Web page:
Saturday, August 2, 2008

Grey Anne spins her web at the Towne Lounge

I knew it had been awhile since I tried to park in NWPDX at 9 on a Thursday night as I spent over 30 minutes driving around looking for a spot...thanks in large part to the Beavers game at PGE park. At any rate, I was glad I was late for the Towne Lounge since the show slated to start at 9 didn't get underway until well after 10. I didn't even realize I had been there before until I got inside, and then it all came flooding back to was part of an unfortunate St. Patty's day pub crawl incident a number of years ago which ended up with me passed out in an alley in a puddle of my own barf behind yet another pub I can't possibly remember. Fortunately, I'm much older and wiser now, and those days are long behind me. I'm proud to announce that these days I almost always make it home before I puke and pass out.

Seriously though, it was kind of annoying but what the hell! I'm easily annoyed anyway, 'subtle and quick to anger' as are the Tolkienian wizards. Not that I'm a wizard. Nor always subtle. So here I am sitting around waiting for two bands that I've never heard of before in anxious anticipation of Anne Adams, the echo-looping sorceress whose music I fell in love with upon first hearing at a show at the Doug Fir when she was performing as Per Se. (I reviewed it here if you want more of my impressions of her.) Lots of magic references here...that seems to happen to me when I hear her music.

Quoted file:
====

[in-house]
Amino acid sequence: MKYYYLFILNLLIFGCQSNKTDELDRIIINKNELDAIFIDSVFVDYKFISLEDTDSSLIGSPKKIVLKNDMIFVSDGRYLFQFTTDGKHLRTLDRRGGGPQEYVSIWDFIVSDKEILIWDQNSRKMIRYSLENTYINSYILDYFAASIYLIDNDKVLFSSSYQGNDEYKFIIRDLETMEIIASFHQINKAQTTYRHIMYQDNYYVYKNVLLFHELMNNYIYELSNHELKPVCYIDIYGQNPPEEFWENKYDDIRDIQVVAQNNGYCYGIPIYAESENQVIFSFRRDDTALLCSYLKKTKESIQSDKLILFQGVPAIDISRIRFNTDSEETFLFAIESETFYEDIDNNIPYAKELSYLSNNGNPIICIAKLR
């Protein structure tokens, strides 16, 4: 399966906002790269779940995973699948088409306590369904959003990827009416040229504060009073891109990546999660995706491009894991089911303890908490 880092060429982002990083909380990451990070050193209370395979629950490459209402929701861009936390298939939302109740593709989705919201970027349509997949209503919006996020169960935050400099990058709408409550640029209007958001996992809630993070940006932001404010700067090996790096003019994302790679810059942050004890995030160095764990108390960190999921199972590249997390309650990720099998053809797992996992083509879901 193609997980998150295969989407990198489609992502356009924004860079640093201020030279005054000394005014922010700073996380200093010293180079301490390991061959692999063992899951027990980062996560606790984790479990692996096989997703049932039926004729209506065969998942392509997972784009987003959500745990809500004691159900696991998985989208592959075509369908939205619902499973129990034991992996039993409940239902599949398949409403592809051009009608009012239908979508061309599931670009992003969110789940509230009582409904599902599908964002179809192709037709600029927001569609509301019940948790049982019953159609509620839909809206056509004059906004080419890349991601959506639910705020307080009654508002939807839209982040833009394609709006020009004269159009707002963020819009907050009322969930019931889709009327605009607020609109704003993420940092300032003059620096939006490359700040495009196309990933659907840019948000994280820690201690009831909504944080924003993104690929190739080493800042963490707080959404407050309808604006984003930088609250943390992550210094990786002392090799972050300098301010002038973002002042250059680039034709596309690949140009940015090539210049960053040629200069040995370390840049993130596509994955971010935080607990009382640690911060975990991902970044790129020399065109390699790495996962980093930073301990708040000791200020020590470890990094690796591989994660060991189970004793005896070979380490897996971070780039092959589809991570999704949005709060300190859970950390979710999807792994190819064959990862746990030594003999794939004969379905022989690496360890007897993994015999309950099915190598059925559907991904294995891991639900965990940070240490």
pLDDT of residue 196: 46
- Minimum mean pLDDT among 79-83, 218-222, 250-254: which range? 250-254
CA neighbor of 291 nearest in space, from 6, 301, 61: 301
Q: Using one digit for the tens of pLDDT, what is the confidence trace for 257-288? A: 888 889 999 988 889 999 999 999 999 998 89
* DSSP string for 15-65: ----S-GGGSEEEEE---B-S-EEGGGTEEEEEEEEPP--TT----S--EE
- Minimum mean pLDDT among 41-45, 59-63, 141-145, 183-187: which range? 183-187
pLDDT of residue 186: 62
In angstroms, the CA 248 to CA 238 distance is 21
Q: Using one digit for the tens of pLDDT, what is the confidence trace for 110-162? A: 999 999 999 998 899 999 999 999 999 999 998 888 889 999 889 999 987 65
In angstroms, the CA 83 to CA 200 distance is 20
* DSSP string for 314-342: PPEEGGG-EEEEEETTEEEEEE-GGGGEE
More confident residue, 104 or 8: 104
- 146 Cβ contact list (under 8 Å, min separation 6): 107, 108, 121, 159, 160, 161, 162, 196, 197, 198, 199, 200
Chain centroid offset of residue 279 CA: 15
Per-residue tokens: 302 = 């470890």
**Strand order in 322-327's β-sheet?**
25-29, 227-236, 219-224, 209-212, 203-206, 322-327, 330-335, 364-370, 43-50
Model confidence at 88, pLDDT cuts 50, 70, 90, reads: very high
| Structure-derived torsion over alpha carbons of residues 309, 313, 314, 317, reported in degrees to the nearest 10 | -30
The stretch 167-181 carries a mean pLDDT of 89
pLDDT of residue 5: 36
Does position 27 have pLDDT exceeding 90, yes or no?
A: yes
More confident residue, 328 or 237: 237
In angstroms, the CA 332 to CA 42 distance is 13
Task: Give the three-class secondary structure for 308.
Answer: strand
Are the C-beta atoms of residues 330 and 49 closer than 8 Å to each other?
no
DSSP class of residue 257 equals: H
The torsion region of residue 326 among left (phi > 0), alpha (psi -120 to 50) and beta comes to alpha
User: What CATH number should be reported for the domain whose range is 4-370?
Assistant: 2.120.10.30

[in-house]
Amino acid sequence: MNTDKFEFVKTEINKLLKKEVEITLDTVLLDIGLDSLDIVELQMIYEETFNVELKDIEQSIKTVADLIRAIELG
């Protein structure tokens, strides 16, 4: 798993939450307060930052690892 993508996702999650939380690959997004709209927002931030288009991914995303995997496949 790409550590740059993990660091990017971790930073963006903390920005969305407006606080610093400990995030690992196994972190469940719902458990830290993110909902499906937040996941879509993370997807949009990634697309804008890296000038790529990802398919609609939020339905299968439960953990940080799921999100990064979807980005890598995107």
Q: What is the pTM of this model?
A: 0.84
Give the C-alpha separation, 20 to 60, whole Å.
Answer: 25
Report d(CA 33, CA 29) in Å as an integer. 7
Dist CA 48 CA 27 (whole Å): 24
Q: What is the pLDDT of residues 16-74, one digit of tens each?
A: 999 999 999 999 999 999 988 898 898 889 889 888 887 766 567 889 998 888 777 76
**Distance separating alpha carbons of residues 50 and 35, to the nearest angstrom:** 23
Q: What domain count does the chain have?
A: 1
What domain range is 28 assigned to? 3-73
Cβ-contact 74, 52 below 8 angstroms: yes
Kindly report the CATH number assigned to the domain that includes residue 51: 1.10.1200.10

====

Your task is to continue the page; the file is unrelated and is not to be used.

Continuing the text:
At any rate, I had to sit through a long lot of boring to mediocre music before she played. I won't write much about question the guys playing had musical skills, it's just that I've heard what they were dishing out so many times before...they were plodding along through very well-tilled soil. I had a bunch of nasty things to say but I just don't have the heart: it was only a $5 show on a Thursday night, these guys are out there pouring their hearts out for a smoky, almost-empty lounge, so it's all good. They were occasionally charming; just mostly rather boring. And the second one (The Friendly Skies) way too loud. Maybe I'm old. Wait a second; no maybe about it. My 36th was just last weekend.

Interesing motif there at the Towne Lounge: good beers in cans. Must be part of the whole contrived hipster working-class affectation thing. Oops, there it is again. I've never drunk Newcastle (one of my favorite brown ales) out of a can before, but I figured 'hell, it's Newcastle; it's gotta be good.' And I was right. Had a couple of cans of Caldera Pale as well, stretched out over the course of the evening; I was the model of restraint. Thursday night drinking bouts usually result in an unlovely Friday for me...